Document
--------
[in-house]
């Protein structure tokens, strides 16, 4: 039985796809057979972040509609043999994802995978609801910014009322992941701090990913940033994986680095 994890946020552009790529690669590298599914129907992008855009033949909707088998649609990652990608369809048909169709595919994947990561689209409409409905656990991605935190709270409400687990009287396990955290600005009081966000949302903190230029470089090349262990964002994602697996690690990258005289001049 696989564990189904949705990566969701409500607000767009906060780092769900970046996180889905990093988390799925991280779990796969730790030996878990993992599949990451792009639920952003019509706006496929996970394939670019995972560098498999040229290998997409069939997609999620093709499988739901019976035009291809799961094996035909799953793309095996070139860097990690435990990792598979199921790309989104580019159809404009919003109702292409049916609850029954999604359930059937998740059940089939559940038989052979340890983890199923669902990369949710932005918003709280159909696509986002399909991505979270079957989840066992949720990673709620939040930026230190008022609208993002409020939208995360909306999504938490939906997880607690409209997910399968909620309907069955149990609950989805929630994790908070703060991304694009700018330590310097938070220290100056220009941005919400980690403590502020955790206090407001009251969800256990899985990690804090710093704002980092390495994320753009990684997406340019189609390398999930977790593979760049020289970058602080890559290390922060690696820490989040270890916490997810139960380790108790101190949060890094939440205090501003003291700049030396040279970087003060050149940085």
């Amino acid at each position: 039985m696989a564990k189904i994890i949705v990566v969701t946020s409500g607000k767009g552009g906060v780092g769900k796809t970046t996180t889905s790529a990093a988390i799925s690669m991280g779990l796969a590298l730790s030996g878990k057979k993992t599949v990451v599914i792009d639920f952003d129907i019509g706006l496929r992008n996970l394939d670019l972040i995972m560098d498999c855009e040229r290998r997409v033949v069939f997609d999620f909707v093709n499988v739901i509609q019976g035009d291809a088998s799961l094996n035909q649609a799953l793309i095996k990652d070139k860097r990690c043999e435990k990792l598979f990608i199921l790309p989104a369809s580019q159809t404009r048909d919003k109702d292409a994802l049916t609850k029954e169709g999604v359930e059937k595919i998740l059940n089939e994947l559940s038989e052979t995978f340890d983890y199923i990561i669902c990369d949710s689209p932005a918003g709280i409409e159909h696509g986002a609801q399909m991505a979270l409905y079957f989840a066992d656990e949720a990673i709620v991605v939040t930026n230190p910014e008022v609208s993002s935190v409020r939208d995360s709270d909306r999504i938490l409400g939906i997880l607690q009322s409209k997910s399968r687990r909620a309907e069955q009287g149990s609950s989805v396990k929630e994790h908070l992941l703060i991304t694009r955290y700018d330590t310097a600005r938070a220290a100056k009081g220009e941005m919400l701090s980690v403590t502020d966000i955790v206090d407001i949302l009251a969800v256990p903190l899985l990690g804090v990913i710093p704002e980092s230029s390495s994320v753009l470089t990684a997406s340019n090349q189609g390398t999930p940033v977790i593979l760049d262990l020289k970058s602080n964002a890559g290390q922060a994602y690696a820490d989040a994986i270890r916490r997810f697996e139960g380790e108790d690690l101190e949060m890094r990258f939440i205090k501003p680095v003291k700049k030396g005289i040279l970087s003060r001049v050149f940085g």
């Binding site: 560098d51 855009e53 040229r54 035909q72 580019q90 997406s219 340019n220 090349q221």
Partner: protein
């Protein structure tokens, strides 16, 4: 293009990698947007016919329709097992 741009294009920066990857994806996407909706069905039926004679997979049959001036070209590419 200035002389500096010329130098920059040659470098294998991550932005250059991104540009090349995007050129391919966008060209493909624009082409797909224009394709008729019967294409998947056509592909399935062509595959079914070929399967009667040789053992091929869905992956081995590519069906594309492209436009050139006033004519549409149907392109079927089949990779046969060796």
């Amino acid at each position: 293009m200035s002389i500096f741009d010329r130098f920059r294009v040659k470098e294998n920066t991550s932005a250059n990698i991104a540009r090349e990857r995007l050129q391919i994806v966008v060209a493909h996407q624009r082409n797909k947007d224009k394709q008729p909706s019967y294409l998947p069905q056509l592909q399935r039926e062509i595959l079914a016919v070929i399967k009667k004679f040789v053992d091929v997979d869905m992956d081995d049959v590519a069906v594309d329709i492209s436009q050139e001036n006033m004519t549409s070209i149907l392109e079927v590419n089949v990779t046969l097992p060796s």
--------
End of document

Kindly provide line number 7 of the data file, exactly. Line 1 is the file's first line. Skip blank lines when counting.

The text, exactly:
């Amino acid at each position: 293009m200035s002389i500096f741009d010329r130098f920059r294009v040659k470098e294998n920066t991550s932005a250059n990698i991104a540009r090349e990857r995007l050129q391919i994806v966008v060209a493909h996407q624009r082409n797909k947007d224009k394709q008729p909706s019967y294409l998947p069905q056509l592909q399935r039926e062509i595959l079914a016919v070929i399967k009667k004679f040789v053992d091929v997979d869905m992956d081995d049959v590519a069906v594309d329709i492209s436009q050139e001036n006033m004519t549409s070209i149907l392109e079927v590419n089949v990779t046969l097992p060796s």